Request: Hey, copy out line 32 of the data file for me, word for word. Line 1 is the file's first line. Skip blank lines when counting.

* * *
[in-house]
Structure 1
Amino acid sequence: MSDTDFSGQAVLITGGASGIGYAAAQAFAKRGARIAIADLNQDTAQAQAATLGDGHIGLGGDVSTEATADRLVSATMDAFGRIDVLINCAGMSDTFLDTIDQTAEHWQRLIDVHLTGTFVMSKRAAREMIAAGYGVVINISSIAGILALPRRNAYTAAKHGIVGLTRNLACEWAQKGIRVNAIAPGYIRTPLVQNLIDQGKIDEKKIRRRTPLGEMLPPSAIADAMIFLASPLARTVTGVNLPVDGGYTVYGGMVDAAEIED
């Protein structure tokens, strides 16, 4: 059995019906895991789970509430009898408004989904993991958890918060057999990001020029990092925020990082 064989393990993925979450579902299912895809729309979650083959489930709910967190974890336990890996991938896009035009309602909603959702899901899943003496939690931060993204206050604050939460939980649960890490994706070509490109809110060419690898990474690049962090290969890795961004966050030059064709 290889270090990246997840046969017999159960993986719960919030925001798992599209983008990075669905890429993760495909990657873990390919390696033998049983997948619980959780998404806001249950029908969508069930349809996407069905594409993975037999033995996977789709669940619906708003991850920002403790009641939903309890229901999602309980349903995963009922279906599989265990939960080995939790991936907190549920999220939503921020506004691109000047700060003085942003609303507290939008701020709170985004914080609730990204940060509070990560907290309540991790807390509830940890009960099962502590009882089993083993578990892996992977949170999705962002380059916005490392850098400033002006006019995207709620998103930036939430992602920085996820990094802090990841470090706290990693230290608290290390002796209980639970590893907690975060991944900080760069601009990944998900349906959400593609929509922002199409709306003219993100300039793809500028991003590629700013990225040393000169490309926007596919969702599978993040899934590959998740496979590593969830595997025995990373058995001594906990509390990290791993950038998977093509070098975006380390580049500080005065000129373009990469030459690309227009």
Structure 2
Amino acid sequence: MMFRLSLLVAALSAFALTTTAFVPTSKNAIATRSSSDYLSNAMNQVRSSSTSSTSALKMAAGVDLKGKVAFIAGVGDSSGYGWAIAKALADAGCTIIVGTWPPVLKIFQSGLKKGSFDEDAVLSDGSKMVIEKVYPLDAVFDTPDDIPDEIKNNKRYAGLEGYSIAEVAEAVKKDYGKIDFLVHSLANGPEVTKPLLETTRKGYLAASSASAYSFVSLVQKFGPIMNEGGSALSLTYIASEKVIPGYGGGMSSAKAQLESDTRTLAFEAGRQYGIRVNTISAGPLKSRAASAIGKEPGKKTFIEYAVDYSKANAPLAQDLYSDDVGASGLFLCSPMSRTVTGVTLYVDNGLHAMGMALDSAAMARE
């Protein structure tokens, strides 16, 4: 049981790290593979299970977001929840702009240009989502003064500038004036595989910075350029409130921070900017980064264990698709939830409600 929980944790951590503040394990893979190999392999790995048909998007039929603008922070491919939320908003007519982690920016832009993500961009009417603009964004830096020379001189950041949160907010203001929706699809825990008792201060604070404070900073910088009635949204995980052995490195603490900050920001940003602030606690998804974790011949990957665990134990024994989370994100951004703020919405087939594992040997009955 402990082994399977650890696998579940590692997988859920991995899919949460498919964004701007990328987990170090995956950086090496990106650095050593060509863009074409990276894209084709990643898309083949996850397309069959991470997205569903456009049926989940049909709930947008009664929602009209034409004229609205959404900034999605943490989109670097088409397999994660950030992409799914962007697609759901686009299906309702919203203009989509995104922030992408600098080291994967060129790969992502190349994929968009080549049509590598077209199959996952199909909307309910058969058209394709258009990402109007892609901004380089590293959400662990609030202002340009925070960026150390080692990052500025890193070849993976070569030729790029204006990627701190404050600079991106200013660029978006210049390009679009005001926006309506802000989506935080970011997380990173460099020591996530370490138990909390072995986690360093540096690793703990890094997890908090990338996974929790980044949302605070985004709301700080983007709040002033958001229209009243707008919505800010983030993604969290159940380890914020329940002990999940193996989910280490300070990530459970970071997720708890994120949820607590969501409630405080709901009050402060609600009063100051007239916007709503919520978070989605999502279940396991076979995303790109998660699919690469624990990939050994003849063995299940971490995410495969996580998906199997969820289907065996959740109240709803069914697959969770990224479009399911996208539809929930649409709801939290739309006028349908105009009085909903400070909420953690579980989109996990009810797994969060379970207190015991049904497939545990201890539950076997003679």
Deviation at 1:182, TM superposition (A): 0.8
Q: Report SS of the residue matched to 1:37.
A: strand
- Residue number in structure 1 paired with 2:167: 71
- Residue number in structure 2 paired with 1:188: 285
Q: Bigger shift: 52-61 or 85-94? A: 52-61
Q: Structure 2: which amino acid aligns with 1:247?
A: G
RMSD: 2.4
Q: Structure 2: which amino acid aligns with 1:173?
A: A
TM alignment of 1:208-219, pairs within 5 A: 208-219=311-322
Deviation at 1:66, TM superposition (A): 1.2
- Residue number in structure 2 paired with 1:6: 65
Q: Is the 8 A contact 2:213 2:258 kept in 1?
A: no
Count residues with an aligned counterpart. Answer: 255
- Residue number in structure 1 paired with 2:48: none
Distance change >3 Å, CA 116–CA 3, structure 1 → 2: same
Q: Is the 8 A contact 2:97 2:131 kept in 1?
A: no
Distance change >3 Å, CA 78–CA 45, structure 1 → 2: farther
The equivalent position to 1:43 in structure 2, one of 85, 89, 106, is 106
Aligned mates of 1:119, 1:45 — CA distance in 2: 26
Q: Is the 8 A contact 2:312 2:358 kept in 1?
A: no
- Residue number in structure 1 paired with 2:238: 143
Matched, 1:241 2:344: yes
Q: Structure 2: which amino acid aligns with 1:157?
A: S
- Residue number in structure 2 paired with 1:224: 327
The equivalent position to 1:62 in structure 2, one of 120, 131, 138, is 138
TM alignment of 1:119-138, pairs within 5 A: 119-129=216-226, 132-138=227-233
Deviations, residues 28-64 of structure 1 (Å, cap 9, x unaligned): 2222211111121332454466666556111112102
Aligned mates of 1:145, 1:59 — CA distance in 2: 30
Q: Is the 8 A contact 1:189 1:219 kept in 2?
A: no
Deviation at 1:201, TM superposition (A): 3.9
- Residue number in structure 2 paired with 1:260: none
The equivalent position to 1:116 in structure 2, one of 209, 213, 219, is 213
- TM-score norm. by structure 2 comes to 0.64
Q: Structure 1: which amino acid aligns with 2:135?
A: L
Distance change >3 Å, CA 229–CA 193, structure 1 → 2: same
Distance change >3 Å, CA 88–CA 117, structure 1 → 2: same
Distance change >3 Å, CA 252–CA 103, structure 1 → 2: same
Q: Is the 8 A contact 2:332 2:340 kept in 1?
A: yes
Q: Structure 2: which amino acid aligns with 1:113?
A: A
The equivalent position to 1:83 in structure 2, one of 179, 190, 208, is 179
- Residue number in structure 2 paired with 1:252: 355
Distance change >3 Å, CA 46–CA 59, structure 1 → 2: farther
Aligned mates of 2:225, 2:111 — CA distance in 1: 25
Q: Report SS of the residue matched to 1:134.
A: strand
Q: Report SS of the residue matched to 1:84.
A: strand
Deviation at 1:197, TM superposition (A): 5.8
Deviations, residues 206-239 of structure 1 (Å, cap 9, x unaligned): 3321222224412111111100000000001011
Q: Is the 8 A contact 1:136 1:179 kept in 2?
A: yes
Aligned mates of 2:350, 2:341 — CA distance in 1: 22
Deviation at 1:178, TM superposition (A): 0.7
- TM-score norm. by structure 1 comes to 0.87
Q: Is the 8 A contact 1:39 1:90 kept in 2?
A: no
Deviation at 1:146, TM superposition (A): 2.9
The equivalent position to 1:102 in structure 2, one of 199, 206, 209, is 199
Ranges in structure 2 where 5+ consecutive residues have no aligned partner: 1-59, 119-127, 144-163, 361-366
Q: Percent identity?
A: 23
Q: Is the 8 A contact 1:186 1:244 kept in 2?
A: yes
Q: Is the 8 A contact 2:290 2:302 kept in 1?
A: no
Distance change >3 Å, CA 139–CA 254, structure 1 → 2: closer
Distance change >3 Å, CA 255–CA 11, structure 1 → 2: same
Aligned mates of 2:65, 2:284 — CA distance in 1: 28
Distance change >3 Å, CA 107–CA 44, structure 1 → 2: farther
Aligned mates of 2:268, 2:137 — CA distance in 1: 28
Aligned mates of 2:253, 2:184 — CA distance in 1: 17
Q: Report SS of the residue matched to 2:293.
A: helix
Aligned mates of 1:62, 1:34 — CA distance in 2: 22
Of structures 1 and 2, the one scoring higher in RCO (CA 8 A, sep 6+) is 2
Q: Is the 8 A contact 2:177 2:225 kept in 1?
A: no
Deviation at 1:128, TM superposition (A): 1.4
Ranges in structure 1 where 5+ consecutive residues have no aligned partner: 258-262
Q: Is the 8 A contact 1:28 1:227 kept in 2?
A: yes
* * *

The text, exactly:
Q: Is the 8 A contact 2:312 2:358 kept in 1?